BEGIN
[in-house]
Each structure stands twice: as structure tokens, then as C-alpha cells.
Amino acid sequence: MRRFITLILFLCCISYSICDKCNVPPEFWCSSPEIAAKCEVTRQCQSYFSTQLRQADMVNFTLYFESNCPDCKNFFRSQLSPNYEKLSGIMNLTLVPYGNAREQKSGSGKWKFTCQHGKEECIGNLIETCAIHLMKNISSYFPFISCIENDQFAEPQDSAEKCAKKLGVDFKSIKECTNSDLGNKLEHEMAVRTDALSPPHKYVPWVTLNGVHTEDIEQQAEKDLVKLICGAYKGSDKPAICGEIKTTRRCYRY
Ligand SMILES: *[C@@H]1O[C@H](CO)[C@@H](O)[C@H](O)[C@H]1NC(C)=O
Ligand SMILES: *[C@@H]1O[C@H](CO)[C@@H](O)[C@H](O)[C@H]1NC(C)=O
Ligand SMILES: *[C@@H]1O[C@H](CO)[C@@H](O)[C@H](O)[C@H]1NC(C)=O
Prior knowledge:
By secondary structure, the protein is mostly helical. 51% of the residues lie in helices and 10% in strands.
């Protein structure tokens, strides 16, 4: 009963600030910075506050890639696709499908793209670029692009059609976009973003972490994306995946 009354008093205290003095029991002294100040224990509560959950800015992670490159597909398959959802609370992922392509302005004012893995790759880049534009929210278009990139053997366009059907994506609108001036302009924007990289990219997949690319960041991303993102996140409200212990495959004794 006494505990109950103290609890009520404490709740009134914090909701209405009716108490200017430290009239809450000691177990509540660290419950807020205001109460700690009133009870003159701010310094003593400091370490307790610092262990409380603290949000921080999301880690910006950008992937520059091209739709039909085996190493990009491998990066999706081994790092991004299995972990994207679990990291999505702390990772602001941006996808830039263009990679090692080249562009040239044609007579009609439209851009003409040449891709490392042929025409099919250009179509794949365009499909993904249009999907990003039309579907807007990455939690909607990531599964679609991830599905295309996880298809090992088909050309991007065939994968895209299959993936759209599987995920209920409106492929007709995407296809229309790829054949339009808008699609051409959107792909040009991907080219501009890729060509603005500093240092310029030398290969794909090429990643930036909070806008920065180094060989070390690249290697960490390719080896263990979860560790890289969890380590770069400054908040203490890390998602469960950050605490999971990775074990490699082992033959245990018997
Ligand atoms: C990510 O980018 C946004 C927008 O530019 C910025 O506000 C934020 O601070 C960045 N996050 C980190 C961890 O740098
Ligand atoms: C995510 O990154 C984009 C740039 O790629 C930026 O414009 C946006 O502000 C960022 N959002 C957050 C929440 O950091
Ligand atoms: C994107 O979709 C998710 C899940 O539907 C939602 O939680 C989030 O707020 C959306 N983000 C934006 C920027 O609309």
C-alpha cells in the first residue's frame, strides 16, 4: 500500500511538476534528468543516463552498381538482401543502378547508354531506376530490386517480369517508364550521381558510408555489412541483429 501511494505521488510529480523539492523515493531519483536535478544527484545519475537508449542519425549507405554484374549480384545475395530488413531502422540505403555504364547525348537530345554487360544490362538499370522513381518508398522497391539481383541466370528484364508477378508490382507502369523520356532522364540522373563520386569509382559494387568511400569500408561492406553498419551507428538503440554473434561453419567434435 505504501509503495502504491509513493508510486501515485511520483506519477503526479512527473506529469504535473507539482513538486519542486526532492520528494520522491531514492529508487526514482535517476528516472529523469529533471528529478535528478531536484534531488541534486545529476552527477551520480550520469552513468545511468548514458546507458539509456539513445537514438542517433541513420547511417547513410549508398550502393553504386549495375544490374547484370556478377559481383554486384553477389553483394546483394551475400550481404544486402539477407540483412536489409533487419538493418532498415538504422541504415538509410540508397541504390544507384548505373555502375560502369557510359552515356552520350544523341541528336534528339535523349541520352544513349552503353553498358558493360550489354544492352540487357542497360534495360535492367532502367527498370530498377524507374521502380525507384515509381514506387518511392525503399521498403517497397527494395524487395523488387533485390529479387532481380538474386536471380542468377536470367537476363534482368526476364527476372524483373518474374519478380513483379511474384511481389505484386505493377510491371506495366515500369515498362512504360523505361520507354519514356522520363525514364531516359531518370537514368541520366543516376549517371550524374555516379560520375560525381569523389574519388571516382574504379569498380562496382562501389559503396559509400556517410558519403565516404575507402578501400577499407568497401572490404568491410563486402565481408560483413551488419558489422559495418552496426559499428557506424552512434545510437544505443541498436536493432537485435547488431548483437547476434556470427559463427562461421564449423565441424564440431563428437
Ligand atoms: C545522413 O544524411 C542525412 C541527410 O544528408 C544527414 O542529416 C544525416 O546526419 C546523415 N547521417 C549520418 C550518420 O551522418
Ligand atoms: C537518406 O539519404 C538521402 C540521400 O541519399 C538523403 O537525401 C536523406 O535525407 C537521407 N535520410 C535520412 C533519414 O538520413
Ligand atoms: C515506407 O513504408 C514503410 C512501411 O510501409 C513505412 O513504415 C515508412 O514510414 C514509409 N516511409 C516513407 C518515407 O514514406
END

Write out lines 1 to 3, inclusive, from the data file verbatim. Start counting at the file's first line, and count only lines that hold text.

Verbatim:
[in-house]
Each structure stands twice: as structure tokens, then as C-alpha cells.
Amino acid sequence: MRRFITLILFLCCISYSICDKCNVPPEFWCSSPEIAAKCEVTRQCQSYFSTQLRQADMVNFTLYFESNCPDCKNFFRSQLSPNYEKLSGIMNLTLVPYGNAREQKSGSGKWKFTCQHGKEECIGNLIETCAIHLMKNISSYFPFISCIENDQFAEPQDSAEKCAKKLGVDFKSIKECTNSDLGNKLEHEMAVRTDALSPPHKYVPWVTLNGVHTEDIEQQAEKDLVKLICGAYKGSDKPAICGEIKTTRRCYRY